I hang my head and cry."

Sure makes you happy you're in the car, and not somewhere else.

The sun is just coming up here on the easternmost coast of the US, so I imagine I'm an early poster, but I'll be linking to the other lists as the day goes on... so check back!

reality remixed
alien fur
i see monsters

Happy trails...

30 October 2004


I have a really beautiful and rather extensive personal collection of rocks and minerals on the mantel over the fireplace, and I very rarely ever look at it, except when I'm dusting, which happens approximately never. I have tiny samples of about 75 minerals, most of the basic rock types (granite, schist, basalt, limestone, etc.) and some pretty nifty fossils, too. I also have a top-notch pair of hiking boots that are now several years old, but I hardly ever scale mountains or hills in them, either.

Ever wonder how I got the name Rock Grrrl?

I was once a geologist. A geologist-in-training. I went to grad school for paleontology, and man, did I live for that shit. Plotting out field trips, hunting down fossils, collecting topo maps of the Canadian Rockies and the Alps, being the geeky TA in Rocks for Jocks who really got her rocks off by making stupid geology puns (orogeny leads to subduction which leads to relief! Ha! Get it?!)

That was me. And a friend of mine that I knew from the coffee shop I spent too much of my time in named me rock grrrl. And then my funding dried up, I got fed up with the politics of academia and depressed by the spectre of slaving for tenure for the next ten to fifteen years, if I was lucky enough to get a tenure-track job, and also my funding dried up. So I left the department, pretty much without a fight, and kind of in the middle of the night, without a word to anyone.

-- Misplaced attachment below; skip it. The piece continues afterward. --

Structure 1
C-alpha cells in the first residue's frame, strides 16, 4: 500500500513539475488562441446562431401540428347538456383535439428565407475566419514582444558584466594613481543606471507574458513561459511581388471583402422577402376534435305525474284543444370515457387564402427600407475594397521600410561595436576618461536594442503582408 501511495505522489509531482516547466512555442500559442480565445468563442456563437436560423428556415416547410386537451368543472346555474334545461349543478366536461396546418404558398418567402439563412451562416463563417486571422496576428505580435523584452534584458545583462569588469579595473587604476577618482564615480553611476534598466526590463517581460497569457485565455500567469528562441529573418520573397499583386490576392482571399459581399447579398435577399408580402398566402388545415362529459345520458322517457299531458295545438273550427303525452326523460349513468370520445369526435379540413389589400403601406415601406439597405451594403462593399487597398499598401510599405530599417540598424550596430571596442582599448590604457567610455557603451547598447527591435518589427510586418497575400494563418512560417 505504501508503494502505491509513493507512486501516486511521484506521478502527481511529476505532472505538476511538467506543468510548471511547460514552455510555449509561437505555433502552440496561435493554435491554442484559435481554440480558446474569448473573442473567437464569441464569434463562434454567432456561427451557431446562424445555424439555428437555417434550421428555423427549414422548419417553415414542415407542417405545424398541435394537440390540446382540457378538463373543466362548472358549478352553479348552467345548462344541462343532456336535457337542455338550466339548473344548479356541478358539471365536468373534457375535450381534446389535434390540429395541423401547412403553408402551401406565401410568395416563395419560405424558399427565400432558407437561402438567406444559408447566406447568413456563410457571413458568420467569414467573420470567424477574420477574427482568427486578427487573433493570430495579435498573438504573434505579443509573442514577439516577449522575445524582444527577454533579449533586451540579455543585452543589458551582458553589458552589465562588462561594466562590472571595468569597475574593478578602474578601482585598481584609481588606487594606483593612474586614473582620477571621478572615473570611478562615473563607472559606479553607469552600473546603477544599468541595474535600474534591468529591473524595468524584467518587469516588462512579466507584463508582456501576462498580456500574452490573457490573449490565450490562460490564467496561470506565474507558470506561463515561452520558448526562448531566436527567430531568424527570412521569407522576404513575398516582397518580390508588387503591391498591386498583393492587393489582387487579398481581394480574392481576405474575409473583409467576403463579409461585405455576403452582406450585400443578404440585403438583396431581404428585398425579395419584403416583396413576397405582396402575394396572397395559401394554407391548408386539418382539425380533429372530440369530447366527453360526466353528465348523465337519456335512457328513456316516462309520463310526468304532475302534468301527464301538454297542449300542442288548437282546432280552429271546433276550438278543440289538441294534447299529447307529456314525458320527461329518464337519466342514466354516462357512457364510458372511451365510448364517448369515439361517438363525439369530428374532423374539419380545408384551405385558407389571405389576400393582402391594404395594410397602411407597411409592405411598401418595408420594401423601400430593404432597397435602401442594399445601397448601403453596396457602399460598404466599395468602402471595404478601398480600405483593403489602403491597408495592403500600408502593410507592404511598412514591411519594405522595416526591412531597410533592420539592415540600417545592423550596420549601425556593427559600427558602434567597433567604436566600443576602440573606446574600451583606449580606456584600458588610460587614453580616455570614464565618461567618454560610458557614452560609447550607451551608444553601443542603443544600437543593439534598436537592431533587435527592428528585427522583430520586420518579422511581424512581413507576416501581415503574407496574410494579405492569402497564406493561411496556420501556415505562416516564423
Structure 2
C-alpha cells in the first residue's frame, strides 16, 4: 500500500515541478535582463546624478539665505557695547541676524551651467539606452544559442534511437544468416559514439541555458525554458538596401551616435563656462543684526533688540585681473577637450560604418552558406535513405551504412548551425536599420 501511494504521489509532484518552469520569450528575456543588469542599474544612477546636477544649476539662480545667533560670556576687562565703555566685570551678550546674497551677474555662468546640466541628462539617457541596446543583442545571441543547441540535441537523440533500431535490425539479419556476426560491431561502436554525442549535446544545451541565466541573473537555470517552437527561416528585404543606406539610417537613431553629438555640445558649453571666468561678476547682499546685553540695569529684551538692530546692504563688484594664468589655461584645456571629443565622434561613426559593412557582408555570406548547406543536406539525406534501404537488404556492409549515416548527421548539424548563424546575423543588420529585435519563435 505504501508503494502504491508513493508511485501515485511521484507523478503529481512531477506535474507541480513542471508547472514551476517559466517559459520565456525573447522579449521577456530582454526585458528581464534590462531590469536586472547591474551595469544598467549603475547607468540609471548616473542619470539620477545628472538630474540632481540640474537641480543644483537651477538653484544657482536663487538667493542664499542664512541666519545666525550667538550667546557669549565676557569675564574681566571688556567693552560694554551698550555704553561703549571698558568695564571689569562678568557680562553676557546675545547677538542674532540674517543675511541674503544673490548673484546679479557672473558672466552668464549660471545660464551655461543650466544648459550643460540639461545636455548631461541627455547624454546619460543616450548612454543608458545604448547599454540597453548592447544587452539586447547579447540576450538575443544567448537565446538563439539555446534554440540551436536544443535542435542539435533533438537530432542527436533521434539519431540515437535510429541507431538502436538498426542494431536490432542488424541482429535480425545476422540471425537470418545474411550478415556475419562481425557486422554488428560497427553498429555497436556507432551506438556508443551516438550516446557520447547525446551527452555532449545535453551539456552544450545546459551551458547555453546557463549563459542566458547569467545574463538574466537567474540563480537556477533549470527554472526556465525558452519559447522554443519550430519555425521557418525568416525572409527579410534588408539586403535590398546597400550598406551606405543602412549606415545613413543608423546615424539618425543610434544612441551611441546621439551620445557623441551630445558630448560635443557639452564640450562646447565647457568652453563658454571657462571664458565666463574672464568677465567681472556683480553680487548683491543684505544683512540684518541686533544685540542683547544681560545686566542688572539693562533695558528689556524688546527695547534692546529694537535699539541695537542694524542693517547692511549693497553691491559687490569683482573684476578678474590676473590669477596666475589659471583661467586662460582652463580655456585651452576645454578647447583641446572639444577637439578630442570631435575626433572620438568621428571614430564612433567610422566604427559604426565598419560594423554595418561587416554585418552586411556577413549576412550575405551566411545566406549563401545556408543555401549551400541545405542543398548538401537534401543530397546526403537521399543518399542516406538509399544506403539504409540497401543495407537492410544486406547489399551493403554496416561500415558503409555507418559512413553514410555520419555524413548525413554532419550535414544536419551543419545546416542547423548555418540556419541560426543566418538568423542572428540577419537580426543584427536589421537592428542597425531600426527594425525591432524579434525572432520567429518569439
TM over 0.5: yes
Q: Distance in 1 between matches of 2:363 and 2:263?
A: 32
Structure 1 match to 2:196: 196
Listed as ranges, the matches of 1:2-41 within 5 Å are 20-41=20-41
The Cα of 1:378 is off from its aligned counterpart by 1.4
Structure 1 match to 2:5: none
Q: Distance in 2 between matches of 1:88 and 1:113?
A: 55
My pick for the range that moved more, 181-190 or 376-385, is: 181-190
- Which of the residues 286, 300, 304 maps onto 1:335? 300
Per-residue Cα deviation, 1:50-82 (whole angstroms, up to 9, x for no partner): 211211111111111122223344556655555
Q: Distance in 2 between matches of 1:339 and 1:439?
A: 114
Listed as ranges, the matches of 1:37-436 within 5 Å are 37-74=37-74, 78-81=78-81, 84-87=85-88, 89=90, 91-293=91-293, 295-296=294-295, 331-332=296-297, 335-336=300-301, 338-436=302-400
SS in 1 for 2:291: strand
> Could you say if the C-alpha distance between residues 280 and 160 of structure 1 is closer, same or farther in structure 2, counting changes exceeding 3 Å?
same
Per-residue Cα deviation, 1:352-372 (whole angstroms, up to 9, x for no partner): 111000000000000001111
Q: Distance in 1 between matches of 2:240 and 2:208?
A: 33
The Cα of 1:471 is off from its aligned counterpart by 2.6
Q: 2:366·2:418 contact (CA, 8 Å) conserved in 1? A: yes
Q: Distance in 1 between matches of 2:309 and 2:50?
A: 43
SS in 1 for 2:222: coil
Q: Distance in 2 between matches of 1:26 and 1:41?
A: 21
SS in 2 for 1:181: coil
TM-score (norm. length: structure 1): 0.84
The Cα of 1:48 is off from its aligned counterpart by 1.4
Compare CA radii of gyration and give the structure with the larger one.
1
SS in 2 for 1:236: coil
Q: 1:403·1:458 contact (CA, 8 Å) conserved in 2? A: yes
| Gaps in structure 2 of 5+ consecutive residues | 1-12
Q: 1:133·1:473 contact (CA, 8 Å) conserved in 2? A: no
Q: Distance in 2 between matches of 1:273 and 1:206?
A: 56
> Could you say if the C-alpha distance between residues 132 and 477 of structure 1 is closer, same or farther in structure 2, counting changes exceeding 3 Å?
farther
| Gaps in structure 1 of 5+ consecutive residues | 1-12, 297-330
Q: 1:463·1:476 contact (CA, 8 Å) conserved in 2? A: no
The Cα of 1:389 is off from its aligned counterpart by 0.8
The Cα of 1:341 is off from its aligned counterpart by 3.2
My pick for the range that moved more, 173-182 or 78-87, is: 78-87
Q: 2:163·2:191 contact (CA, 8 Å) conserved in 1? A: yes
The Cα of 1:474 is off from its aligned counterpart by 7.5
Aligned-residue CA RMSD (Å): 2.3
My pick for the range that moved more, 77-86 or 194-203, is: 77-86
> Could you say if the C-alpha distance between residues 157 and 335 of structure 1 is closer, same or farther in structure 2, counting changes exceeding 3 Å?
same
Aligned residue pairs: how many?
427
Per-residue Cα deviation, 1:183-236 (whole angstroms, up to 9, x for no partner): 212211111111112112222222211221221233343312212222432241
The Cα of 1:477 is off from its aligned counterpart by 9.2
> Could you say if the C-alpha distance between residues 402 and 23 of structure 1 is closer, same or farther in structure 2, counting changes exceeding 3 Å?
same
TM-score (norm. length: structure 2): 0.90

I had a vague notion to train to work in a science museum, or teach high school earth science, but never did either. Restaurant work was too easy and lucrative, and high school teachers rarely get a free beer after work. At least, not that I'm aware of.

I've always had a hard time letting possible futures go, and I've been quietly grieving this one for about ten years. I've flirted with the idea of going back and finishing my degree, but anyone who has been around academia long enough to know anything knows that they don't really let you back into their enchanted circle once you leave. And anyway, my misgivings about the job still remain. But man, was I one hell of a geology teacher. (Ask Donovan McNabb. I taught him Rocks for Jocks, and look at what a jock he turned out to be! Damn, I was good.)

And something about the pain of having failed in that career path, in having abandoned it midstream, caused me to shy away from anything having to do with it. My topos are all packed away in my mother's house, my boots collect dust, I have no idea what happened to my compass and hand lens. I don't even like to watch paleontology shows on cable. It's like I'm not really allowed to enjoy those things any more. But I did keep my rock collection, for some unknown reason.

Recently, I've had a spate of dreams at night about going back to grad school. I always wake up with the certainty that I honestly don't want to any more. It's like I'm flushing out the last of those fantasies. And, kind of without noticing, I've started hiking again, seeking out hidden paths and rocky terrain to explore for myself. I didn't think about this at all until just now, when I was reading in the living room and happened to look up and see this beautiful piece of lepidolite, bigger than my fist, that I've always loved, and my immediate reaction was a rush of affection for this rock. Not regret. Not shame.